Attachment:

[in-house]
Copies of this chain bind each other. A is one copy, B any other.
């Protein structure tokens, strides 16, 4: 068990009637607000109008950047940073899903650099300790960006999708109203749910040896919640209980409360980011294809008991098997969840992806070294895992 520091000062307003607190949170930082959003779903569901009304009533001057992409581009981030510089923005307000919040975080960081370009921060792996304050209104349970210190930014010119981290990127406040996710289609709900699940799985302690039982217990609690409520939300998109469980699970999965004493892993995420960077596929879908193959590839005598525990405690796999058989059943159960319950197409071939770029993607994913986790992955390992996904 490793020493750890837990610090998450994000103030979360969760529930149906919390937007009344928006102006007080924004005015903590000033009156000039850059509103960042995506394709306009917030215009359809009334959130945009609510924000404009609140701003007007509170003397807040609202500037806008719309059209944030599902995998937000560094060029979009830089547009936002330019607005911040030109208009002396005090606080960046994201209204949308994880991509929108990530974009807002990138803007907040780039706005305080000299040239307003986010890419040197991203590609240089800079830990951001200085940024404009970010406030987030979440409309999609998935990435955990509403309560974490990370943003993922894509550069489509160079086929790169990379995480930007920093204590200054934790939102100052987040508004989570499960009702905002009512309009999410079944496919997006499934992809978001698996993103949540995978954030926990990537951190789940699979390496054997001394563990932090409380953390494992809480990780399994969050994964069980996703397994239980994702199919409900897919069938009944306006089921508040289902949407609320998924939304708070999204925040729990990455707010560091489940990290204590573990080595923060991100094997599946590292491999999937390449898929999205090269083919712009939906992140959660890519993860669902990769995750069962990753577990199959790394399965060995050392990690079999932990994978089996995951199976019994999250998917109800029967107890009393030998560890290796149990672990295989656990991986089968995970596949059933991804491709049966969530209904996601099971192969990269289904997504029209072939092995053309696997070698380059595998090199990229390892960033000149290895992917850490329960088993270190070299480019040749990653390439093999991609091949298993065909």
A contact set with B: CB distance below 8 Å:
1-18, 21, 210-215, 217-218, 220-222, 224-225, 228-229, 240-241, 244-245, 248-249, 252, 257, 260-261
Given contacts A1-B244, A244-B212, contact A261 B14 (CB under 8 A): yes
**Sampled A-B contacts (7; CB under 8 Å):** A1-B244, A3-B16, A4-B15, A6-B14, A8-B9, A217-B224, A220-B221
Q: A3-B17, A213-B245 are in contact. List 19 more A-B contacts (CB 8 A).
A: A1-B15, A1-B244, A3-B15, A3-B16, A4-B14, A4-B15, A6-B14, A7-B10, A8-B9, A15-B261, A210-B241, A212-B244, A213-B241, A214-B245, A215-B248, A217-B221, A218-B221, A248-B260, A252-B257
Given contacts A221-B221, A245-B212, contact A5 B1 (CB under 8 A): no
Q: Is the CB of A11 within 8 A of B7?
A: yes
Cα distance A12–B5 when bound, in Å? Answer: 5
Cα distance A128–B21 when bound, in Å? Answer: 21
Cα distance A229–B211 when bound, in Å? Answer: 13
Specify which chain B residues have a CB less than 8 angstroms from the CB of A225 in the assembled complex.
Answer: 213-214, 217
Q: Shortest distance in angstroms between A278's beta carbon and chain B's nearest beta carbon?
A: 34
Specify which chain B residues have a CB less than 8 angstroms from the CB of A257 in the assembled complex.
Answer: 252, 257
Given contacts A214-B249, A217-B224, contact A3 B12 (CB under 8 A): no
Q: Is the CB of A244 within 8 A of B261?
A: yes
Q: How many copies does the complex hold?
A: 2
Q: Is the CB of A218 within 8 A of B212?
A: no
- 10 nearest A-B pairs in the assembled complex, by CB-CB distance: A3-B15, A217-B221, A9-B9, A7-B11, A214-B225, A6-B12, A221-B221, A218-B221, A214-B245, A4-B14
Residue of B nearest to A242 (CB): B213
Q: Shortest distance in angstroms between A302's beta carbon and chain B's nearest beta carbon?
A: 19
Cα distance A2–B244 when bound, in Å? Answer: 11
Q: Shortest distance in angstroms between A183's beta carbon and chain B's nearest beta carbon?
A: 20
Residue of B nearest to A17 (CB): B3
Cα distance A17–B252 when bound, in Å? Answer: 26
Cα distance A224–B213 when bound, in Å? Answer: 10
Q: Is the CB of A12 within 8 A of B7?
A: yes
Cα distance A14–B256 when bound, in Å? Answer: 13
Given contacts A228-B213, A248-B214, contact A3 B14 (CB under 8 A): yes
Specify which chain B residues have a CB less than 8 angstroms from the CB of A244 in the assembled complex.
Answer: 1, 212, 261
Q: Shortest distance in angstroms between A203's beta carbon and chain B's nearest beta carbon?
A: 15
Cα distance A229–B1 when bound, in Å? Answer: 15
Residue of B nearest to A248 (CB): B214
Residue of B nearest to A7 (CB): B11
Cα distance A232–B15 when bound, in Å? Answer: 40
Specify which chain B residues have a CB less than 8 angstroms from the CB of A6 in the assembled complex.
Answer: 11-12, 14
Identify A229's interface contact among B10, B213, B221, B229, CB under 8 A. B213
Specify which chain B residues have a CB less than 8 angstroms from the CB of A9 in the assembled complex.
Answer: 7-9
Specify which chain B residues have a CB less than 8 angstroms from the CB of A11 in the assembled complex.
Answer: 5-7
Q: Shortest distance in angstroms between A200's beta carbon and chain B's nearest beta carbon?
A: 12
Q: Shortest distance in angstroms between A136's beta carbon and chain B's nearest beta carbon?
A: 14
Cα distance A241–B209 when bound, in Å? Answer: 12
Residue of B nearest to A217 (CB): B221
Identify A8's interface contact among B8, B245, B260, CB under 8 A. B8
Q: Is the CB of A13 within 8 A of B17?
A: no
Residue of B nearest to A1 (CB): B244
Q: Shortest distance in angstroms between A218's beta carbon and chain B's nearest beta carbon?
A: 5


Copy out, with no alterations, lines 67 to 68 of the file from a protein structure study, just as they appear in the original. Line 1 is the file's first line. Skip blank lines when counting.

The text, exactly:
Residue of B nearest to A1 (CB): B244
Q: Shortest distance in angstroms between A218's beta carbon and chain B's nearest beta carbon?